UCI-Night's blog

By UCI-Night, 8 years ago, In English

Tomorrow Saturday November, 10 at 18:00 hours UTC. The Latin American Regional Contest(Open) will be held in Caribbean Online Judge coj.uci.cu. Everyone is invited.

The real contest will begin one hour before and the the caribbean standing will be show in live.uci.cu.

 
 
 
 
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8 years ago, # |
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    8 years ago, # ^ |
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    Apparently yes. But in the COJ starts an hour earlier.

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8 years ago, # |
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I'm sure there will be a very insteresting problem set, and that open competition will be like the real one, 'cause will be the first time those problems will be publics. I bet everyone to participate and compare latter with the oficials results..!

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8 years ago, # |
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lol, TopCoder Single Round Match 560 will be at 12:10 PM EST. Maybe a lot of coders here will select TopCoder. In my particular case, I will try to compete in Latin American Regional Contest but I will lose one hour.

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    8 years ago, # ^ |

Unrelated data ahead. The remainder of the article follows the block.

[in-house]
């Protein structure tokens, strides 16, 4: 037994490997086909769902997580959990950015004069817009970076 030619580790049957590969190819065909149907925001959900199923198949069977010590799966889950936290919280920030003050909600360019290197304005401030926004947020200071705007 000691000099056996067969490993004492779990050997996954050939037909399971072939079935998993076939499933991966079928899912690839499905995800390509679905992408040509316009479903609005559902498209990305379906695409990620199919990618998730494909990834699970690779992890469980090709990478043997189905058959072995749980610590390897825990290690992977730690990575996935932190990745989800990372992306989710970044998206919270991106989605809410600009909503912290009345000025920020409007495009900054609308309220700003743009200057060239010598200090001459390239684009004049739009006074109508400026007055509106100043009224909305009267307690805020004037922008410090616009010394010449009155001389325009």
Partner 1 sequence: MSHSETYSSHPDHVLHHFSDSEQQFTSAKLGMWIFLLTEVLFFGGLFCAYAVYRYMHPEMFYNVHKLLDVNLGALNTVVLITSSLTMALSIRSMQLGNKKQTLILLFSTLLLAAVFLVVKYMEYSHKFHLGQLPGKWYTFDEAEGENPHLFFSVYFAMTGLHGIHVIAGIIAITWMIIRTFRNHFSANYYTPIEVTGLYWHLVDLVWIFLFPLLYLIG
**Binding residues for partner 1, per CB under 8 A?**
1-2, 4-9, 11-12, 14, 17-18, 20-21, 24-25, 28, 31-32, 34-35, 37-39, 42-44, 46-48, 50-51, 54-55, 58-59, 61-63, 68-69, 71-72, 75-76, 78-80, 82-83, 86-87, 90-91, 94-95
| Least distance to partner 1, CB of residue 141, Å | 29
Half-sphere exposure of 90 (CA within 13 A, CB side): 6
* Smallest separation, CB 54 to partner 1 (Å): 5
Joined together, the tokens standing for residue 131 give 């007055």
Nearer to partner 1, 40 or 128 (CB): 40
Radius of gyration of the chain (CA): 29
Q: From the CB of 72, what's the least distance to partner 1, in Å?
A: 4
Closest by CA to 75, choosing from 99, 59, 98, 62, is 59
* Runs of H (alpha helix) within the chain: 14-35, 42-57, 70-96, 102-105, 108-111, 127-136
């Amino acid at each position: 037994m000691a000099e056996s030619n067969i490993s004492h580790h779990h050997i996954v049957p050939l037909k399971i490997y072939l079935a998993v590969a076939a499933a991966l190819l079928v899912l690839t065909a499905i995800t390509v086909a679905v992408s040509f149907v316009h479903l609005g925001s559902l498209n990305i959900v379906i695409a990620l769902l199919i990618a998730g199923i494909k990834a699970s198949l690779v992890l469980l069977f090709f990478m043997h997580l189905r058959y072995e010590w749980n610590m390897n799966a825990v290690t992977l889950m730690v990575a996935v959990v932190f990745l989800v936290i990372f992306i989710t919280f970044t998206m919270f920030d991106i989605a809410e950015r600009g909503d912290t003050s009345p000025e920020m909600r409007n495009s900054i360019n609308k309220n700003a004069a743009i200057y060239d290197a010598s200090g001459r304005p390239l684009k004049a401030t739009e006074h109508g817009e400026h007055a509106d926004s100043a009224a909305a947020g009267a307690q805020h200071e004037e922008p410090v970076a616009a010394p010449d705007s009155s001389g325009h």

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    I'm going to compete in the real contest. I thinks will be a good contest.

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      8 years ago, # ^ |
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      Sure, I will do it too in COJ. Good luck everybody from UCI in the real contest.

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8 years ago, # |
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Nice contest, but 2 things:

a) Tests in A were very weak.

b) I hate something like "output a number with exactly 5 signs after decimal point". It means absolute precision when the answer is like "1.000005 — 1e-40".

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    8 years ago, # ^ |
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    Oh, you 're anonymous user :)

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    8 years ago, # ^ |
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    Congratulations, you solved 7 problems. First team in real contest only solved 5 problems.

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    8 years ago, # ^ |
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    Did you get AC on A with O(KN^2)?

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I think the problemset was great but I didn't like a few things.

1) Problem E was not interesting at all. 2) The problem concerning string algorithms (Problem C) was in fact very easy. I was expecting something harder. 3) There were only ten problems, I would have liked 11. 4) There were four easy problems , three problems would have been enough.

Congratulations to the problemsetter of problem G and J, very interesting and nice problems.

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    8 years ago, # ^ |
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    I've seen problem like J before on some Codeforces gym.

    How to solve G? Something like analyzing of 2-connected components?